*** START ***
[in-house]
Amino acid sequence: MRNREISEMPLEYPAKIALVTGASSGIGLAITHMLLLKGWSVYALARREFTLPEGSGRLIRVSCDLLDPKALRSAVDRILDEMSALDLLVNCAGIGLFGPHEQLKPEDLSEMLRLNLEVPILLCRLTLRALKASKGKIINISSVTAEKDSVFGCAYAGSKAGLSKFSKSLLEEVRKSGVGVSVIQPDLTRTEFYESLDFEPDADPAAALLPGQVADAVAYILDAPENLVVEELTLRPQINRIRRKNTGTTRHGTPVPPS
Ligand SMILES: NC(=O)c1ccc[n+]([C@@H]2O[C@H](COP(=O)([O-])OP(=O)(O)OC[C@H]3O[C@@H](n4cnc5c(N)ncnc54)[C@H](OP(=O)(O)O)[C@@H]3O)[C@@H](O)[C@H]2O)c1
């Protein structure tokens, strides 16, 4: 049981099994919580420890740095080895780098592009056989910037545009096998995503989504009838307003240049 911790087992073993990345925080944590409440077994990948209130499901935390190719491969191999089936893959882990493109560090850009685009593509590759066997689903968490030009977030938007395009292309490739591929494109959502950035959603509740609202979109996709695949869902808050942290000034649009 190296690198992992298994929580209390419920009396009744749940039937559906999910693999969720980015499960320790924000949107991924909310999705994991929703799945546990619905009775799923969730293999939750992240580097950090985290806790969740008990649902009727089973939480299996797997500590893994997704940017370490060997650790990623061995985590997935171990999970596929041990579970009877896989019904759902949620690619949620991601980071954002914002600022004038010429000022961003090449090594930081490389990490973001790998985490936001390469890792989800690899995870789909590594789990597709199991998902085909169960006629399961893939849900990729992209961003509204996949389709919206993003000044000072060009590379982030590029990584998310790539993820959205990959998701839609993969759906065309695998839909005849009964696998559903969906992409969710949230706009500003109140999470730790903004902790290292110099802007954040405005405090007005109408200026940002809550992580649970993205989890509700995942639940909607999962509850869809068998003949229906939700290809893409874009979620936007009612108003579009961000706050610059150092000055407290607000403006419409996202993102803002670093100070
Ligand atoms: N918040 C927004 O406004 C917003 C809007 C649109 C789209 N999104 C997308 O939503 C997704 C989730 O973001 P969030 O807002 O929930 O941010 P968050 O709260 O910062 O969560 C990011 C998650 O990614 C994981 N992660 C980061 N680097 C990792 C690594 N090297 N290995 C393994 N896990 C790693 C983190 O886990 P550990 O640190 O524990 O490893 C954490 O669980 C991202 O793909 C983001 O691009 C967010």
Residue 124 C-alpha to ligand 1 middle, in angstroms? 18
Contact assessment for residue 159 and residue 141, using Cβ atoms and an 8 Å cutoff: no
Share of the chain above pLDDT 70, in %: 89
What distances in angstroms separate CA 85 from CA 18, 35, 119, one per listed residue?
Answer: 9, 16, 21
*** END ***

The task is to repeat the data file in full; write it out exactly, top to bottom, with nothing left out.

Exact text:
[in-house]
Amino acid sequence: MRNREISEMPLEYPAKIALVTGASSGIGLAITHMLLLKGWSVYALARREFTLPEGSGRLIRVSCDLLDPKALRSAVDRILDEMSALDLLVNCAGIGLFGPHEQLKPEDLSEMLRLNLEVPILLCRLTLRALKASKGKIINISSVTAEKDSVFGCAYAGSKAGLSKFSKSLLEEVRKSGVGVSVIQPDLTRTEFYESLDFEPDADPAAALLPGQVADAVAYILDAPENLVVEELTLRPQINRIRRKNTGTTRHGTPVPPS
Ligand SMILES: NC(=O)c1ccc[n+]([C@@H]2O[C@H](COP(=O)([O-])OP(=O)(O)OC[C@H]3O[C@@H](n4cnc5c(N)ncnc54)[C@H](OP(=O)(O)O)[C@@H]3O)[C@@H](O)[C@H]2O)c1
């Protein structure tokens, strides 16, 4: 049981099994919580420890740095080895780098592009056989910037545009096998995503989504009838307003240049 911790087992073993990345925080944590409440077994990948209130499901935390190719491969191999089936893959882990493109560090850009685009593509590759066997689903968490030009977030938007395009292309490739591929494109959502950035959603509740609202979109996709695949869902808050942290000034649009 190296690198992992298994929580209390419920009396009744749940039937559906999910693999969720980015499960320790924000949107991924909310999705994991929703799945546990619905009775799923969730293999939750992240580097950090985290806790969740008990649902009727089973939480299996797997500590893994997704940017370490060997650790990623061995985590997935171990999970596929041990579970009877896989019904759902949620690619949620991601980071954002914002600022004038010429000022961003090449090594930081490389990490973001790998985490936001390469890792989800690899995870789909590594789990597709199991998902085909169960006629399961893939849900990729992209961003509204996949389709919206993003000044000072060009590379982030590029990584998310790539993820959205990959998701839609993969759906065309695998839909005849009964696998559903969906992409969710949230706009500003109140999470730790903004902790290292110099802007954040405005405090007005109408200026940002809550992580649970993205989890509700995942639940909607999962509850869809068998003949229906939700290809893409874009979620936007009612108003579009961000706050610059150092000055407290607000403006419409996202993102803002670093100070
Ligand atoms: N918040 C927004 O406004 C917003 C809007 C649109 C789209 N999104 C997308 O939503 C997704 C989730 O973001 P969030 O807002 O929930 O941010 P968050 O709260 O910062 O969560 C990011 C998650 O990614 C994981 N992660 C980061 N680097 C990792 C690594 N090297 N290995 C393994 N896990 C790693 C983190 O886990 P550990 O640190 O524990 O490893 C954490 O669980 C991202 O793909 C983001 O691009 C967010």
Residue 124 C-alpha to ligand 1 middle, in angstroms? 18
Contact assessment for residue 159 and residue 141, using Cβ atoms and an 8 Å cutoff: no
Share of the chain above pLDDT 70, in %: 89
What distances in angstroms separate CA 85 from CA 18, 35, 119, one per listed residue?
Answer: 9, 16, 21